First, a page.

Good morning. We’re covering Russia’s nationalist holiday, Hong Kong’s new leader and a Taliban decree targeting women.
Lee, the top architect of the crackdown on Hong Kong’s antigovernment protests in 2019, plans to push through laws on treason, secession, sedition and subversion, and to root out critics in the civil service. He inherits a city that has been tamed and cowed: Sweeping national security laws imposed two years ago have quashed dissent, gutted the free press and put critics behind bars or sent them into exile.
He will also face a city embattled by some of the world’s toughest pandemic restrictions. The economy is shrinking, unemployment is rising and growing numbers of people are leaving the city, imperiling its status as a global financial center.
Context: Beijing has always let it be known who it wants in the top job, though more subtly in the past. This time, China removed any veneer of competition and effectively neutered the pro-democracy camp with new electoral rules and the national security law.
Quotable: “Even in Iran, there is more of a contest for the head of government,” one expert said.
New restrictions on Afghan women
The Taliban decreed on Saturday that women should cover themselves from head to toe in public. The move expands a series of onerous Taliban restrictions on women that dictate nearly every aspect of public life, including their employment, education, travel and deportment.
May 8, 2022, 10:15 p.m. ET
A burqa is the preferred garment, but the Ministry for the Promotion of Virtue and Prevention of Vice — which replaced the previous government’s Ministry of Women’s Affairs — did not mandate burqas as long as women otherwise cover themselves with a hijab.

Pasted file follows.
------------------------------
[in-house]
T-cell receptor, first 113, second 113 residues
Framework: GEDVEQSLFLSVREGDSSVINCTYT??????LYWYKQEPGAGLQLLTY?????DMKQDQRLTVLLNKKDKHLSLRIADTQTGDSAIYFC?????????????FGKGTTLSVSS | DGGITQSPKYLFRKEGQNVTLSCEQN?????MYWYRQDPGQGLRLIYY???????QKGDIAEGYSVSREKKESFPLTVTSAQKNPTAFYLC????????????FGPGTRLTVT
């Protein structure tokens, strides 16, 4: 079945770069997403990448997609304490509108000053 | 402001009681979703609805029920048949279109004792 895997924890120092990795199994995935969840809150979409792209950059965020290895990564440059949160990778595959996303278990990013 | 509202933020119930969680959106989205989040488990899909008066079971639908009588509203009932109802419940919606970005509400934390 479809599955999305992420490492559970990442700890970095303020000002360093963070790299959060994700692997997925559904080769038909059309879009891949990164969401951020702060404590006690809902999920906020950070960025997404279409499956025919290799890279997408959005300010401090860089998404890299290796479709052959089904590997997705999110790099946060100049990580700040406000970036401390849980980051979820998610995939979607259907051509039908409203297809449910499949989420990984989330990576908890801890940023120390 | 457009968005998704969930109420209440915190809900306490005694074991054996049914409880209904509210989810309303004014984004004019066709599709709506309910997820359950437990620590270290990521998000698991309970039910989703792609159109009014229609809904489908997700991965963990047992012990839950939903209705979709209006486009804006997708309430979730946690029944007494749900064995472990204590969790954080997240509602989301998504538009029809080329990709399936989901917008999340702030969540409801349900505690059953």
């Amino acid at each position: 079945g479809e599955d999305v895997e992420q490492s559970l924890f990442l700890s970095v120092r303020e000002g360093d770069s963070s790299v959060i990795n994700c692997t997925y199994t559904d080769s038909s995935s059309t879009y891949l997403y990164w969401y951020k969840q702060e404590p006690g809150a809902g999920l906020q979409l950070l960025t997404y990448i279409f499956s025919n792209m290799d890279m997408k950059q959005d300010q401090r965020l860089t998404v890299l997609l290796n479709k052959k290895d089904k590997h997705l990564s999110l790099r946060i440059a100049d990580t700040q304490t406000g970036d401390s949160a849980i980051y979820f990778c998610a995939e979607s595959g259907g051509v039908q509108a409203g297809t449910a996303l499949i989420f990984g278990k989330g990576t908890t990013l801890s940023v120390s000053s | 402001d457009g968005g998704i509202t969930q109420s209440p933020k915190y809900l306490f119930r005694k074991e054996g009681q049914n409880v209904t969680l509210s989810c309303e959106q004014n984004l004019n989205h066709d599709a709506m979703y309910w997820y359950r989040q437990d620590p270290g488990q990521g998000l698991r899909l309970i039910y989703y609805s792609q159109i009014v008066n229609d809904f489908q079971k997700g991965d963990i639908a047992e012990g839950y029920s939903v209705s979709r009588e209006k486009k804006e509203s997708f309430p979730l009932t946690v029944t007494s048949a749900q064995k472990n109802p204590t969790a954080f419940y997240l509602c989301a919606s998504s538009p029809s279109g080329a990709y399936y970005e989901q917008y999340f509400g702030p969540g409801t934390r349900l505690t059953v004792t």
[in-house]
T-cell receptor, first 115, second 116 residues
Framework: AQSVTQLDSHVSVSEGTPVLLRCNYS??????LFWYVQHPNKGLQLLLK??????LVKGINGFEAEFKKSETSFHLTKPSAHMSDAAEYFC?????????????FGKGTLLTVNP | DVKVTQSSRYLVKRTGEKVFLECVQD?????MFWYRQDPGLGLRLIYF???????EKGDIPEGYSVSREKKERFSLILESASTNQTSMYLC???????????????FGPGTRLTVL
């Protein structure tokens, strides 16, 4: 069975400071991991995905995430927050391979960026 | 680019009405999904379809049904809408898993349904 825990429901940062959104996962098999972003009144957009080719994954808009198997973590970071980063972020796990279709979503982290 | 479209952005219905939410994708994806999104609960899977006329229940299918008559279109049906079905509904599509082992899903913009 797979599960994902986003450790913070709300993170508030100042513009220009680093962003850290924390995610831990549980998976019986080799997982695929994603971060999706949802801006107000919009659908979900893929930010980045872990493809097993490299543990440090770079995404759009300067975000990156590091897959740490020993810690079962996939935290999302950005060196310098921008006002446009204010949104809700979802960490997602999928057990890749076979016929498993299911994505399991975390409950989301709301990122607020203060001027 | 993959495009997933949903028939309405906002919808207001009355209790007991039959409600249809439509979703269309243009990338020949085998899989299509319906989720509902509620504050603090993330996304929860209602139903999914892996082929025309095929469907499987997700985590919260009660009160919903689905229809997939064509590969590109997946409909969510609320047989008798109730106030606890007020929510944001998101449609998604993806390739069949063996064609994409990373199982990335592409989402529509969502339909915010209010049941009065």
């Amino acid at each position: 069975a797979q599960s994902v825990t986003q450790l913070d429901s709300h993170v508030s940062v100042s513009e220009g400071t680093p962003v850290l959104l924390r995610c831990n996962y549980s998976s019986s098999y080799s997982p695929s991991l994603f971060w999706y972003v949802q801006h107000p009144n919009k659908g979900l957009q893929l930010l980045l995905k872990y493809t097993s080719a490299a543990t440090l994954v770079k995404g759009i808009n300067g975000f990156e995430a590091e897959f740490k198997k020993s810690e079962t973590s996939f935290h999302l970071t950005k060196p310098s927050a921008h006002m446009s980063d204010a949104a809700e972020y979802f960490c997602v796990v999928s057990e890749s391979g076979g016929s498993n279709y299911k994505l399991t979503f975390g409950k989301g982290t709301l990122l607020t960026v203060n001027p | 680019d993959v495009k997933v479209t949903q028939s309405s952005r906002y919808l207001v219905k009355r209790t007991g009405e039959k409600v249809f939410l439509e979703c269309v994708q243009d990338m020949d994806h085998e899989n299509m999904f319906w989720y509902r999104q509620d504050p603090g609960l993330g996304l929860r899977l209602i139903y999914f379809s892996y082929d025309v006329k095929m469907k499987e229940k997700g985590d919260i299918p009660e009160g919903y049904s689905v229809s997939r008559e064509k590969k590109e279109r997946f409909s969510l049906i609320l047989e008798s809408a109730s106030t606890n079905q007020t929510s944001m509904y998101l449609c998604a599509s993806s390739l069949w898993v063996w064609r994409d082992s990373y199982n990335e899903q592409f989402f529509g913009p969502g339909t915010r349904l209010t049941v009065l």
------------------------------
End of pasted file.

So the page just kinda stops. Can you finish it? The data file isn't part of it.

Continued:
Failure to do so could result in a jail sentence for the male head of the woman’s family. The relatively few women still permitted to hold jobs could be fired if they do not comply with the decree.
History: The Taliban required the burqa, which leaves only a woman’s hands and feet visible and includes a stitched facial netting for vision, when it ruled most of Afghanistan from 1996 to 2001.
Eid: For many Afghans, the end of Ramadan showed the dissonance between the promise of peace many had imagined and the realities of the end of the war.
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The King, down under
Elvis Presley never played a concert in Australia, but that hasn’t stopped tens of thousands of people from celebrating his life and work at an annual festival about a five-hour drive from Sydney.
For nearly 30 years, “Elvi” — the plural of Elvis, at least at the largest Elvis festival in the Southern Hemisphere — have blurred the line between fans and impersonators. This year, after a pandemic hiatus, there were more pompadours and leisure suits than anyone can count: About 25,000 people usually come to rejoice.
“It lets us forget everything,” said Gina Vicar, 61, a small-business owner from Melbourne who had come to the festival with a dozen friends. “With all that we’ve gone through, and what the world is going through now, it’s great to see all this joy.”
There are performances and rhinestones, gold-rimmed sunglasses and dad bods. “The festival has become a national treasure that exemplifies how Australians tend to do a lot of things: all together, with self-deprecating humor and copious amounts of alcohol,” writes Damien Cave, our Sydney bureau chief.
Read Damien’s personal account of the trip to the festival, here.